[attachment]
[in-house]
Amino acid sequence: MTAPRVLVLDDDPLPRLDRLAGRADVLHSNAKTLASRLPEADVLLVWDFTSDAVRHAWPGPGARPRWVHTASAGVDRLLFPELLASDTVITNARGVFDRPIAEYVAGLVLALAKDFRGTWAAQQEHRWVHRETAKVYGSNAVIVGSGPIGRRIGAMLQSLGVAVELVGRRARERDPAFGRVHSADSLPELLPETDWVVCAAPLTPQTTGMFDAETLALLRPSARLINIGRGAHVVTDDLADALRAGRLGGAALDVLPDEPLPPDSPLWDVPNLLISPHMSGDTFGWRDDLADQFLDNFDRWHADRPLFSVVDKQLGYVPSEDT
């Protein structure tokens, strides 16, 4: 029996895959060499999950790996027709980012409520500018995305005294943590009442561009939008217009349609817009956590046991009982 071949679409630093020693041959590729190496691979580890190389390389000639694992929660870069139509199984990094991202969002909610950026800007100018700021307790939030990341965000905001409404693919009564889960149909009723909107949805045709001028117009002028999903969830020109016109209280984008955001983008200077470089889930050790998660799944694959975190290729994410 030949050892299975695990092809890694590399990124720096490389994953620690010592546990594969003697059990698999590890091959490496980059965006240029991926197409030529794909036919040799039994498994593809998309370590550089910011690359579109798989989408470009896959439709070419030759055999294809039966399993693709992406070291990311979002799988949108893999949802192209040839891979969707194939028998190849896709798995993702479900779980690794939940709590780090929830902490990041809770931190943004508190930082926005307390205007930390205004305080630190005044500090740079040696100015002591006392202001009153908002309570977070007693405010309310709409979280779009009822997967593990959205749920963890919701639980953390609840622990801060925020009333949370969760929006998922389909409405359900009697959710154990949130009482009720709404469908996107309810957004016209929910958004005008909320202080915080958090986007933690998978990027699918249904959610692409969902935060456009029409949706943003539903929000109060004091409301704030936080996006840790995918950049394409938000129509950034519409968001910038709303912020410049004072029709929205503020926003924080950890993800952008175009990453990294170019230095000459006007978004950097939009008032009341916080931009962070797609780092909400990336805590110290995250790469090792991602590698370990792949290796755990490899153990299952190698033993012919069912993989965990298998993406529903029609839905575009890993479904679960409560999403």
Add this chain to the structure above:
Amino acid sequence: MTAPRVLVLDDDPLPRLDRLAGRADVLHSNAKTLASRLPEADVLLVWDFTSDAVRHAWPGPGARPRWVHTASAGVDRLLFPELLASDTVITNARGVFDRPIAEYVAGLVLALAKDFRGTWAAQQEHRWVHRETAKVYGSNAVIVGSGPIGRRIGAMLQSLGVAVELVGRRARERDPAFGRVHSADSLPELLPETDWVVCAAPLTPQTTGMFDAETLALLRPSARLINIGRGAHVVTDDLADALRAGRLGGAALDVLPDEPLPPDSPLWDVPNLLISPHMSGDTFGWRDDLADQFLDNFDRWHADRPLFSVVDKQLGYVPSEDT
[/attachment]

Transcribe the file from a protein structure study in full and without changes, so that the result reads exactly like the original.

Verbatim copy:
[in-house]
Amino acid sequence: MTAPRVLVLDDDPLPRLDRLAGRADVLHSNAKTLASRLPEADVLLVWDFTSDAVRHAWPGPGARPRWVHTASAGVDRLLFPELLASDTVITNARGVFDRPIAEYVAGLVLALAKDFRGTWAAQQEHRWVHRETAKVYGSNAVIVGSGPIGRRIGAMLQSLGVAVELVGRRARERDPAFGRVHSADSLPELLPETDWVVCAAPLTPQTTGMFDAETLALLRPSARLINIGRGAHVVTDDLADALRAGRLGGAALDVLPDEPLPPDSPLWDVPNLLISPHMSGDTFGWRDDLADQFLDNFDRWHADRPLFSVVDKQLGYVPSEDT
């Protein structure tokens, strides 16, 4: 029996895959060499999950790996027709980012409520500018995305005294943590009442561009939008217009349609817009956590046991009982 071949679409630093020693041959590729190496691979580890190389390389000639694992929660870069139509199984990094991202969002909610950026800007100018700021307790939030990341965000905001409404693919009564889960149909009723909107949805045709001028117009002028999903969830020109016109209280984008955001983008200077470089889930050790998660799944694959975190290729994410 030949050892299975695990092809890694590399990124720096490389994953620690010592546990594969003697059990698999590890091959490496980059965006240029991926197409030529794909036919040799039994498994593809998309370590550089910011690359579109798989989408470009896959439709070419030759055999294809039966399993693709992406070291990311979002799988949108893999949802192209040839891979969707194939028998190849896709798995993702479900779980690794939940709590780090929830902490990041809770931190943004508190930082926005307390205007930390205004305080630190005044500090740079040696100015002591006392202001009153908002309570977070007693405010309310709409979280779009009822997967593990959205749920963890919701639980953390609840622990801060925020009333949370969760929006998922389909409405359900009697959710154990949130009482009720709404469908996107309810957004016209929910958004005008909320202080915080958090986007933690998978990027699918249904959610692409969902935060456009029409949706943003539903929000109060004091409301704030936080996006840790995918950049394409938000129509950034519409968001910038709303912020410049004072029709929205503020926003924080950890993800952008175009990453990294170019230095000459006007978004950097939009008032009341916080931009962070797609780092909400990336805590110290995250790469090792991602590698370990792949290796755990490899153990299952190698033993012919069912993989965990298998993406529903029609839905575009890993479904679960409560999403």
Add this chain to the structure above:
Amino acid sequence: MTAPRVLVLDDDPLPRLDRLAGRADVLHSNAKTLASRLPEADVLLVWDFTSDAVRHAWPGPGARPRWVHTASAGVDRLLFPELLASDTVITNARGVFDRPIAEYVAGLVLALAKDFRGTWAAQQEHRWVHRETAKVYGSNAVIVGSGPIGRRIGAMLQSLGVAVELVGRRARERDPAFGRVHSADSLPELLPETDWVVCAAPLTPQTTGMFDAETLALLRPSARLINIGRGAHVVTDDLADALRAGRLGGAALDVLPDEPLPPDSPLWDVPNLLISPHMSGDTFGWRDDLADQFLDNFDRWHADRPLFSVVDKQLGYVPSEDT